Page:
Now the government is keen to support an industry with a cost disability, according to the RAND Corporation, of up to 40 per cent. Given the likely moderate local value added in an industry where all the sophisticated hardware is imported, the effective rate of protection (assistance to value added) will be much higher than this. Indeed a leaked paper from Defence last week suggested an effective rate of protection of 500 per cent would be required to build the submarines in Adelaide. Even at the height of the Fraser government’s protectionist excesses in the early 1980s, the effective rate reached ‘only’ 143 per cent for the car industry.
The government justifies a local build on the basis of job creation, developing an innovative industry and the ability to undertake through life sustainment of the submarines in Australia.
On the Prime Minister’s figures, 2,800 jobs will be created directly and indirectly, a far cry from the 200,000 jobs that are related to the car industry. Some early estimates suggest we are looking at a cost of around $4 million for every job created.
There is only value in building an innovative industry if it is internationally competitive. Little thought appears to have been given to developing an industry plan directed towards this objective. If this was an issue, the government would have given much greater attention to the German bid, which offered a substantially lower price ($20 billion), much earlier delivery, no cost penalty for a local build and the transfer of substantial digital technology to Australia.
The defence argument for local acquisitions can be the last refuge of a scoundrel; in the past it was even applied to protecting the clothing industry. We already know that we do not need to build military assets, including missiles and systems, in order to maintain and upgrade them. We do not build RAAF fixed wing assets or missiles in Australia yet we deliver high quality through life support. Australian industry was perfectly well able to maintain the British-built Oberon class submarines and, indeed, to upgrade them.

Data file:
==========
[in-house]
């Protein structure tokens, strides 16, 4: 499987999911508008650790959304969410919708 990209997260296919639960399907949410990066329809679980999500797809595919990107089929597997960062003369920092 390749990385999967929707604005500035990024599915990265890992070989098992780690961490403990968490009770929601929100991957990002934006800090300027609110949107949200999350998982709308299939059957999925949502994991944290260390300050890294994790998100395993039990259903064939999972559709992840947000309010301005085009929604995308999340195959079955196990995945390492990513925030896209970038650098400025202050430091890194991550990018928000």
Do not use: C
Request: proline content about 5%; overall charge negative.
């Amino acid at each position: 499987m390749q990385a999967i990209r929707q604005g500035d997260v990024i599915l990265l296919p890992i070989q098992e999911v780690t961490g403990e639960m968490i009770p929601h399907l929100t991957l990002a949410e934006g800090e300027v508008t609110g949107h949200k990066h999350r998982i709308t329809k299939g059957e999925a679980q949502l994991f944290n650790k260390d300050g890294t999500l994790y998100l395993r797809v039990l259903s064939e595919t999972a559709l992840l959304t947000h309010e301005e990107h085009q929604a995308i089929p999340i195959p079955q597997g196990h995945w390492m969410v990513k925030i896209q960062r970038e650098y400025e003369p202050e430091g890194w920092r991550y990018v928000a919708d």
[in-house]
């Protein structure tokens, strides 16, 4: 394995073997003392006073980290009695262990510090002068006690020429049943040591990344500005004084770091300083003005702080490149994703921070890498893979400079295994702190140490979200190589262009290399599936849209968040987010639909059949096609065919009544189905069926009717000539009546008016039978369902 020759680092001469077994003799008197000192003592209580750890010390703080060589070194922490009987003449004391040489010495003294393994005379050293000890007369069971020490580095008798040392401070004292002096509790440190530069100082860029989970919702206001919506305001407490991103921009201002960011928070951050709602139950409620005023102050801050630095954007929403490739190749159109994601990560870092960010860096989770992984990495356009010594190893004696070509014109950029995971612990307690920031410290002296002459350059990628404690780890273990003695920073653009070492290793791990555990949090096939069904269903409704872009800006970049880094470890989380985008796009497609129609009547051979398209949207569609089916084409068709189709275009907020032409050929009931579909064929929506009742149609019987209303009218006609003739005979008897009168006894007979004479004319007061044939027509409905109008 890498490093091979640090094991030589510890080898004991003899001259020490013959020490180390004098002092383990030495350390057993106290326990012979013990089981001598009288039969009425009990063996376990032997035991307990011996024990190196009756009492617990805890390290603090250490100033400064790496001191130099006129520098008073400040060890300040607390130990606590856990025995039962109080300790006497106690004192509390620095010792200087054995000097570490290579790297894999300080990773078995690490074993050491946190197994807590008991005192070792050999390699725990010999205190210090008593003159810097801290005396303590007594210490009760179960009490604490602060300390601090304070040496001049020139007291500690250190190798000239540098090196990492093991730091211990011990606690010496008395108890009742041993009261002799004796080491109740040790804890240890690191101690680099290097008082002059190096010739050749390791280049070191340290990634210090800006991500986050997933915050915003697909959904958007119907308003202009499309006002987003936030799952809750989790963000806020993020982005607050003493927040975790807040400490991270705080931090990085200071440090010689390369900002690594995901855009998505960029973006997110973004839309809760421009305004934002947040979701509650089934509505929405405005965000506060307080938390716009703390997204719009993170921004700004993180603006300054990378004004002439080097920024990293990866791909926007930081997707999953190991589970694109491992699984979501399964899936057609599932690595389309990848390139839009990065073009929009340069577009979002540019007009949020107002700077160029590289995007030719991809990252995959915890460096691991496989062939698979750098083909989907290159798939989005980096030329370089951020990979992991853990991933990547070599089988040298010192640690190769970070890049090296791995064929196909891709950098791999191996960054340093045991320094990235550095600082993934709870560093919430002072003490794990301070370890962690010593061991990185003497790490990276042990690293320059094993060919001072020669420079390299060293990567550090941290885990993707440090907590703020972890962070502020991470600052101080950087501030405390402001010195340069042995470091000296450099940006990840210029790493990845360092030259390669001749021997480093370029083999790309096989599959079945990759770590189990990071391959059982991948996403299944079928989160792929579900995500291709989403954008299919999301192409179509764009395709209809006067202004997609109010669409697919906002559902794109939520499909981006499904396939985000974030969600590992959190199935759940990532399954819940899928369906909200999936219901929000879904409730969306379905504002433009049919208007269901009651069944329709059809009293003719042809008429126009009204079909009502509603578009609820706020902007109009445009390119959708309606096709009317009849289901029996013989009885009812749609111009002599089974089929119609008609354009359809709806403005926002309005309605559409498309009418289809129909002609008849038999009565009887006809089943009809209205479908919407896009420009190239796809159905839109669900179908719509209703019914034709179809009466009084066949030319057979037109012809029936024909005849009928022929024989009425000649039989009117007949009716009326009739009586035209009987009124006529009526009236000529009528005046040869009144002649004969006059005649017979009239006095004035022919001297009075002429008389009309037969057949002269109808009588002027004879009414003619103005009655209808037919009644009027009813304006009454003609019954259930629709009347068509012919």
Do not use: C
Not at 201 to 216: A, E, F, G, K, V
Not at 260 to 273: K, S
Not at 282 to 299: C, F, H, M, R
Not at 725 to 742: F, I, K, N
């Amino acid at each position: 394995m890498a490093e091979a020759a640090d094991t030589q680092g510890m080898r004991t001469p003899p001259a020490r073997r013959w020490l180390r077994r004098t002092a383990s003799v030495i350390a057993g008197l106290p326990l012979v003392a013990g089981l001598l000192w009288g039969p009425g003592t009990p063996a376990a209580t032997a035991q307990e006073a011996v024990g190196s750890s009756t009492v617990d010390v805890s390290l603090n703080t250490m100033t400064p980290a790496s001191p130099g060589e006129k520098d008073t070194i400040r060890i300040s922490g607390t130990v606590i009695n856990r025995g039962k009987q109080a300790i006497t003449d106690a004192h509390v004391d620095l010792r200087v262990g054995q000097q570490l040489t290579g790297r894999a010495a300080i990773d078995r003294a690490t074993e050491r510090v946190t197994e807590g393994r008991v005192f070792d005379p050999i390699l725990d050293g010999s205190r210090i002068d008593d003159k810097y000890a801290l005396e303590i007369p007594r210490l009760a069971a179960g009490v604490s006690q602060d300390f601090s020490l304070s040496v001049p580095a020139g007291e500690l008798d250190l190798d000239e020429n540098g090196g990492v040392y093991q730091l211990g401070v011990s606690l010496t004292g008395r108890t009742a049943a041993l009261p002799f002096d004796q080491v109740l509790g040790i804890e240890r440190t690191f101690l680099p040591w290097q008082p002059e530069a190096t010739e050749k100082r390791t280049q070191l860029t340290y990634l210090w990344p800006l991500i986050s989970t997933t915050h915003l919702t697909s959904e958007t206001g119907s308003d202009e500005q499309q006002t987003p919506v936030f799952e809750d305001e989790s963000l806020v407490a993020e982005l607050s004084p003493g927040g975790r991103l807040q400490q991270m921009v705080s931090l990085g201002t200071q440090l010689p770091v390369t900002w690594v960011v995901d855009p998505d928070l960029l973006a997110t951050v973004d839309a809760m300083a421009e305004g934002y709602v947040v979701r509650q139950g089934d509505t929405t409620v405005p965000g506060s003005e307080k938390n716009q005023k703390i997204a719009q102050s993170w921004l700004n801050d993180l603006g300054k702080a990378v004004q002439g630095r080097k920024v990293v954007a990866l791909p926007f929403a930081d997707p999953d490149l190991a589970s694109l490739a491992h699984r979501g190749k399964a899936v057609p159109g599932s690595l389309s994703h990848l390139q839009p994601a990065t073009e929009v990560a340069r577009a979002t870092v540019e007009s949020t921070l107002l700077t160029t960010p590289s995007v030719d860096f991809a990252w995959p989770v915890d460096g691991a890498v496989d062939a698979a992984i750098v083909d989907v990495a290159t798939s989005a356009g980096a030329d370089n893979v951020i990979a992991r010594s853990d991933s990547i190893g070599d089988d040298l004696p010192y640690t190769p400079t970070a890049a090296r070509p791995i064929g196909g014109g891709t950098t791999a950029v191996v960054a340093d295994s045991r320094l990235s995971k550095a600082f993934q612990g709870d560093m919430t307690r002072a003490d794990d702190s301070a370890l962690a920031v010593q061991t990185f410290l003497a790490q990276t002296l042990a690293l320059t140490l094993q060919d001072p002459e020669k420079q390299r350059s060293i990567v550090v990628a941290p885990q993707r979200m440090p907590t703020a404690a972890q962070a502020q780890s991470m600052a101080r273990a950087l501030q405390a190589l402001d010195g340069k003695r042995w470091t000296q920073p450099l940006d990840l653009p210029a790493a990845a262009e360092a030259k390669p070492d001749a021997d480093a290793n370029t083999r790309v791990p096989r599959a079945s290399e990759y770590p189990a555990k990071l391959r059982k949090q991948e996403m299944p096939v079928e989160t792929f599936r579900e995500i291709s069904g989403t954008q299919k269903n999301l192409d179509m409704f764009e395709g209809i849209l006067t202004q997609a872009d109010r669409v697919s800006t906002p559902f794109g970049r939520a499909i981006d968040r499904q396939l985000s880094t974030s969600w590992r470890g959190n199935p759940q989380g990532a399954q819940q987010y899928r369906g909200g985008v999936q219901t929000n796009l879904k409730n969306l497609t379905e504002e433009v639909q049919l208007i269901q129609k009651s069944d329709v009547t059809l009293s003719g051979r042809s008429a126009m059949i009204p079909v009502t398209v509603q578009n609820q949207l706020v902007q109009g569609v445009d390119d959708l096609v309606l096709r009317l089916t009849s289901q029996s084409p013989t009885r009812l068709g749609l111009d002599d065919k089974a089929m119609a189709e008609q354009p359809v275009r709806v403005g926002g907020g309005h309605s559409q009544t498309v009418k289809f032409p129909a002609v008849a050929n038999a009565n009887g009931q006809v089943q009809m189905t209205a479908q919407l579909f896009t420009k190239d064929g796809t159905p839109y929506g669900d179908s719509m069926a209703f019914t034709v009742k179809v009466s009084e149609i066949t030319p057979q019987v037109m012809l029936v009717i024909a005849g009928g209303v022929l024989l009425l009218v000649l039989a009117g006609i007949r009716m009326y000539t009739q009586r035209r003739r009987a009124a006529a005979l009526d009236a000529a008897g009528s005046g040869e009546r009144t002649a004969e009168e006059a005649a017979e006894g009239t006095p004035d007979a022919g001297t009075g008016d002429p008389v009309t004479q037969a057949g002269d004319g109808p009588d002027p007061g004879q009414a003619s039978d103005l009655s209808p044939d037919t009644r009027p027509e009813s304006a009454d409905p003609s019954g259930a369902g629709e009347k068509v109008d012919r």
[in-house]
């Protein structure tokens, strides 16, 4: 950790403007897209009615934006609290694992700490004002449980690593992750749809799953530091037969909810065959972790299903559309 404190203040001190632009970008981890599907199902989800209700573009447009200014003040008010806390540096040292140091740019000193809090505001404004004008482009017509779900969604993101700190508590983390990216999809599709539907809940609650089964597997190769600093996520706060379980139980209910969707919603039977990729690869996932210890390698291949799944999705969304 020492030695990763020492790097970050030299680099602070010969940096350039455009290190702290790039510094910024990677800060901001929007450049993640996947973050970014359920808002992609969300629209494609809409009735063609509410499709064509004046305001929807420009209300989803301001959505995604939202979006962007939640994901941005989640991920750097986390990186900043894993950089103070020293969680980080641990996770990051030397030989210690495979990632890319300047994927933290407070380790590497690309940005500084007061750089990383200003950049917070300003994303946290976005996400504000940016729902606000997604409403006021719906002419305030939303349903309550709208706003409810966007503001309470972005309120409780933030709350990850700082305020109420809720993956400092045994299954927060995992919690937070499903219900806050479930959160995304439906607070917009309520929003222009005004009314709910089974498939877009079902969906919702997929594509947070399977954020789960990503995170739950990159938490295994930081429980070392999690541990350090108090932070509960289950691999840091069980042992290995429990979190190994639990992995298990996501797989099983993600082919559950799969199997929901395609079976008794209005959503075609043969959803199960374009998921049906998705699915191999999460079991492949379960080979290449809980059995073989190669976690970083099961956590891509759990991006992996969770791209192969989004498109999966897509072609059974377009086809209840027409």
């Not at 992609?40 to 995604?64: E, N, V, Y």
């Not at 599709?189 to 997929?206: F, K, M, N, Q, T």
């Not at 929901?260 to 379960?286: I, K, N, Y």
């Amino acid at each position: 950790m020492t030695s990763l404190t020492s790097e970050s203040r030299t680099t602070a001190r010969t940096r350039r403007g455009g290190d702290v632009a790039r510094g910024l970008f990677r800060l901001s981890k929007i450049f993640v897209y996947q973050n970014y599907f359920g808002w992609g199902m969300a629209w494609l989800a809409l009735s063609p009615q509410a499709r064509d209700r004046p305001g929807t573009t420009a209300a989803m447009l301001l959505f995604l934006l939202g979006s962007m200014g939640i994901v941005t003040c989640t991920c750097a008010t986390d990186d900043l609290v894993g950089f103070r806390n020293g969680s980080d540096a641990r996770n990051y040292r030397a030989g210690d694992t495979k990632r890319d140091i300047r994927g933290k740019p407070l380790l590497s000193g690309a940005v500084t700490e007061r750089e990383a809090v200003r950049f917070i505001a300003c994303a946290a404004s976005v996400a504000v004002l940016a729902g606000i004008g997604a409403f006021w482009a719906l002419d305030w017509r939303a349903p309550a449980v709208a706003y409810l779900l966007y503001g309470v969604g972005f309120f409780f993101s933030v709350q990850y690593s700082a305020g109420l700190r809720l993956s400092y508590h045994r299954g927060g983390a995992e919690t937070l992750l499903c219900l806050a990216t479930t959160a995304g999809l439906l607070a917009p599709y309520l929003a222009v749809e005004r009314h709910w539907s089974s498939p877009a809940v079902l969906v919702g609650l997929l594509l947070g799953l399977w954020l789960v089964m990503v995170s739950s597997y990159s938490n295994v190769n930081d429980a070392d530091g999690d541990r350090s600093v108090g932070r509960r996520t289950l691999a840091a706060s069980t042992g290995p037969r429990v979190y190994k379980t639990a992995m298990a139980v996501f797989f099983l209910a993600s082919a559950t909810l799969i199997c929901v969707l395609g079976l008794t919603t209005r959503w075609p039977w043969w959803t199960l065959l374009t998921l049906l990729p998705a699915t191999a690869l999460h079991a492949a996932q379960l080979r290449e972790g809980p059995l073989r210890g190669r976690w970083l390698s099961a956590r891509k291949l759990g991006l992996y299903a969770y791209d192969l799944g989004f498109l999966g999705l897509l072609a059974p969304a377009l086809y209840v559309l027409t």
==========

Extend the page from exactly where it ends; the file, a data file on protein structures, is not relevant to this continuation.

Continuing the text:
It’s not too late to amend the decision and deliver a better outcome. The submarines have not yet been designed, commercial terms have not been agreed and contracts have not yet been signed. A much improved approach could maintain DCNS as the preferred supplier, while providing the Navy with the capability it needs much sooner, at a reasonable cost to the taxpayer and with positive industry benefits in South Australia.
The first step would be to negotiate with the French government (and the US) to acquire four nuclear powered Barracuda class submarines as a MOTS purchase. If agreed, the Navy could also acquire six conventional Scorpene class SSKs from DCNS, to be built in Adelaide on a fixed price contract if the cost penalty is acceptable. All these submarines would be delivered in the early 2020s with no need to upgrade Collins.
If the acquisition of the four SSNs is ruled out, the capability requirement should be amended to exclude offensive operations in contested waters far from home. This would mean focussing on operations that are well within the capacity of a SSK, namely sea denial in Australia’s littoral and reconnaissance and intelligence gathering in neighbouring waters and archipelagos. This would require acquiring between six and nine SSKs of an existing design, to be built in Adelaide if the price is right.
Of course, there would be political difficulties in making these changes. This would require strong leadership by the Prime Minister. Better this, however, than taking significant risks with Australia’s defence, imposing a large and unnecessary burden on taxpayers and going down in history as modern Australia’s most protectionist Prime Minister.
Jon Stanford and Michael Keating are Directors of Insight Economics. Previously they worked together in the Prime Minister’s Department, where Dr Keating was Secretary.